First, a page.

However, beyond this 20-30 second a day zone is where you're looking at an actual problem. More often than not, it's simply a matter of the watch needing a thorough cleaning and re-oiling. General dirtiness of the movement will make the watch run faster by robbing power out of the system. This may seem counterintuitive that less power running though the system would make it run faster, but the explanation is simple. The balance of the watch is an oscillating system, a wheel with a spring which returns the wheel back the way it came if it's rotated. The escapement kicks the wheel through the impulse jewel, which applies force to the hairspring, which then reverses the direction of the balance wheel, which then comes and kicks the escapement on its way past. During this time, the escapement has the mechanical system "locked", so the balance is controlling the rate at which everything runs by unlocking the escapement at a predictable rate, and that rate is determined by the oscillation behaviour of the balance wheel-hairspring system. Every time the escapement gives the balance wheel a kick, it locks, and every time the balance wheel spins back past center, it unlocks, gives the balance a kick along its way, and locks again, and this action repeats around 28,800 times an hour for most movements. If there isn't enough power being delivered by the escapement, the balance doesn't get too far before the hairspring returns it, resulting in a low amplitude oscillation that happens more than 28,800 times per hour, and the watch runs fast*. In the case of an extremely dirty and gunked up movement it can run up to several minutes per hour fast.
So, running fast beyond the 20-30 seconds per day window means it's time for a cleaning, and possibly some replacement components. This is best left to a professional, and requires a few hours of highly skilled labor, at the very least. You can certainly learn to work on your own watch, but it will take a lot of practice, a lot of mistakes made, a lot of patience, and some specialized and expensive tools to be learn to clean and rebuild a watch correctly.
High magnetic fields can also cause strange and erratic running, including running amazingly fast. So, if you've handled powerful magnets, or worked around strong magnetic fields, this is also a possibility. This causes a watch to run fast for much the same reasons that being dirty causes it to run fast. Attraction between magnetized components robs power from the system, and below a certain power threshold the balance begins to oscillate in a low amplitude way, with a faster beat than it should have*. In this case, a watch can simply be "degaussed" and will return to its usual accuracy. Degaussing involved passing a varying magnetic field across the item to be degaussed such that magnetic domains in ferromagnetic metals and alloys become randomized again, instead of being aligned, which can be caused by exposure to strong external magnetic fields. It's possible to do this at home with a strong magnet, such as a fair sized neodymium magnet, but it's also possible to make things much worse by trying to do this. Degaussing in a purpose-built degaussing machine is much easier and more reliable. A watchmaker will have one of these, and can degauss our watch for you, either alone or as part of a general overhaul.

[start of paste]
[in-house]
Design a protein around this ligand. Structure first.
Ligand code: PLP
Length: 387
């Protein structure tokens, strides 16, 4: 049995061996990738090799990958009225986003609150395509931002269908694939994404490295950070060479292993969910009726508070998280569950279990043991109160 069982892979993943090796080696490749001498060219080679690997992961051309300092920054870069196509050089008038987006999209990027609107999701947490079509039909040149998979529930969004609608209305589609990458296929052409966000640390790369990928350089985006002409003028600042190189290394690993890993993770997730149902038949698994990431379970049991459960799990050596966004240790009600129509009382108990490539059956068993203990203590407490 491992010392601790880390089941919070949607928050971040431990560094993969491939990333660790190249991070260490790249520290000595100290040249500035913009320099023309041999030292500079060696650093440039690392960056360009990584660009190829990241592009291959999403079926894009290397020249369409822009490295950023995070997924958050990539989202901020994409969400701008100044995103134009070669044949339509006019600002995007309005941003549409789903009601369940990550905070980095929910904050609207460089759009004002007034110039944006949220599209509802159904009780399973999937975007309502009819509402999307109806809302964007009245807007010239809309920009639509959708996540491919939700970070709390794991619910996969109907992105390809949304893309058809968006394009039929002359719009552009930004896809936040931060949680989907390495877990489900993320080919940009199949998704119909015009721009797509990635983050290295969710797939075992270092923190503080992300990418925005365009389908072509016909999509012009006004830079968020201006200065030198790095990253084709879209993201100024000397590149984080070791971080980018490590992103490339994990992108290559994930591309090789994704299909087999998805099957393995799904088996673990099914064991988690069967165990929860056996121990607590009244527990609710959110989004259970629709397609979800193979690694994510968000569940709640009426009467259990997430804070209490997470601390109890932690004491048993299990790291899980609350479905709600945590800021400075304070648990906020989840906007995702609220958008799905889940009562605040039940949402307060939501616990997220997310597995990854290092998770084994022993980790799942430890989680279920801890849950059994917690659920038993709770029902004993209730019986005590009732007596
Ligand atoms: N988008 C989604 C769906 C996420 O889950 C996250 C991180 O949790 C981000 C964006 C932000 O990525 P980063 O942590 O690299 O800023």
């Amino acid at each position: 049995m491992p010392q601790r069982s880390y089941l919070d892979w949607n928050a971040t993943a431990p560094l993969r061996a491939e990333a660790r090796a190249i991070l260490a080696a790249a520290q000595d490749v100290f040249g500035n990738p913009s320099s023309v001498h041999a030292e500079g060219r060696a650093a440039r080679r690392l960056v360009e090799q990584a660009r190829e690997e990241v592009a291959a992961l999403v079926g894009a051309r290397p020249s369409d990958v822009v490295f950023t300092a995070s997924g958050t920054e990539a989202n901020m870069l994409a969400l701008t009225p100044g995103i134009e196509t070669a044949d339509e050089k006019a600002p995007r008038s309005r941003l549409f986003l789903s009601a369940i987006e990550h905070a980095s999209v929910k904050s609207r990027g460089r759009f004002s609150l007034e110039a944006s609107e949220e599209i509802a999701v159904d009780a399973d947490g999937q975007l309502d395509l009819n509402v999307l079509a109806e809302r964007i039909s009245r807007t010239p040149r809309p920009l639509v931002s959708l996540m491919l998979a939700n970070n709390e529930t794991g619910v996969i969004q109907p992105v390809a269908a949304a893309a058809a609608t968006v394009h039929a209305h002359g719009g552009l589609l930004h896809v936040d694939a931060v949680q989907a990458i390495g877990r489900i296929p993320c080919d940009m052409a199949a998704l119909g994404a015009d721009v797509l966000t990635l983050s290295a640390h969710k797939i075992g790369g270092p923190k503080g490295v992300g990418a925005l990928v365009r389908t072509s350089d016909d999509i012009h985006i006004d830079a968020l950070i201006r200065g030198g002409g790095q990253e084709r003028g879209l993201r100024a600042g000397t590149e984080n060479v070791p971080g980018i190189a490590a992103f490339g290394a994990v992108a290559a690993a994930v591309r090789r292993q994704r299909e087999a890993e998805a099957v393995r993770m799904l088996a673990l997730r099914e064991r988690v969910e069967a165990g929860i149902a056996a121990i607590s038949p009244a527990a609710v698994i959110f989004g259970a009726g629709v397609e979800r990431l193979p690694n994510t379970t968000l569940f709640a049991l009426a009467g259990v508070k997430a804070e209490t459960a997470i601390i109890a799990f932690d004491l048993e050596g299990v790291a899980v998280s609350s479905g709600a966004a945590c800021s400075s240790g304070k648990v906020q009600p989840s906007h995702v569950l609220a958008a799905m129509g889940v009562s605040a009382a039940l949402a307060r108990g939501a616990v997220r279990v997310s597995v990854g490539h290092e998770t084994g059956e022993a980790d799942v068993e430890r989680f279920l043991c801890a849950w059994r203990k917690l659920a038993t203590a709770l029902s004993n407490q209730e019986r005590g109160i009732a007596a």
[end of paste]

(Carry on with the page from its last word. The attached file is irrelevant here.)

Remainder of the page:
If cleaning and degaussing don't do it, then there is probably something worn somewhere in the mechanism, which is again causing drag on the whole device, robbing power and making it run fast. This is too long of a list of possibilities to go through, but suffice to say that your watchmaker may discover worn parts in the course of a regular service. Typically it takes decades of running for a good quality watch to start needing parts, especially since modern watch cases are generally very dust proof, so unless it's a vintage watch, it probably just needs a good cleaning and oiling.
* A pendulum retains the same frequency no matter what its amplitude in the absence of friction, so this isn't strictly correct. More likely is that grime adds friction/tension to the system, limiting motion and effectively shortening the length of a pendulum to increase the frequency.
I ran into this at another forum, the original content is here: http://wiki.answers.com/Q/Your_automatic_watch_watch_runs_to_fast_how_do_you_slow_it_down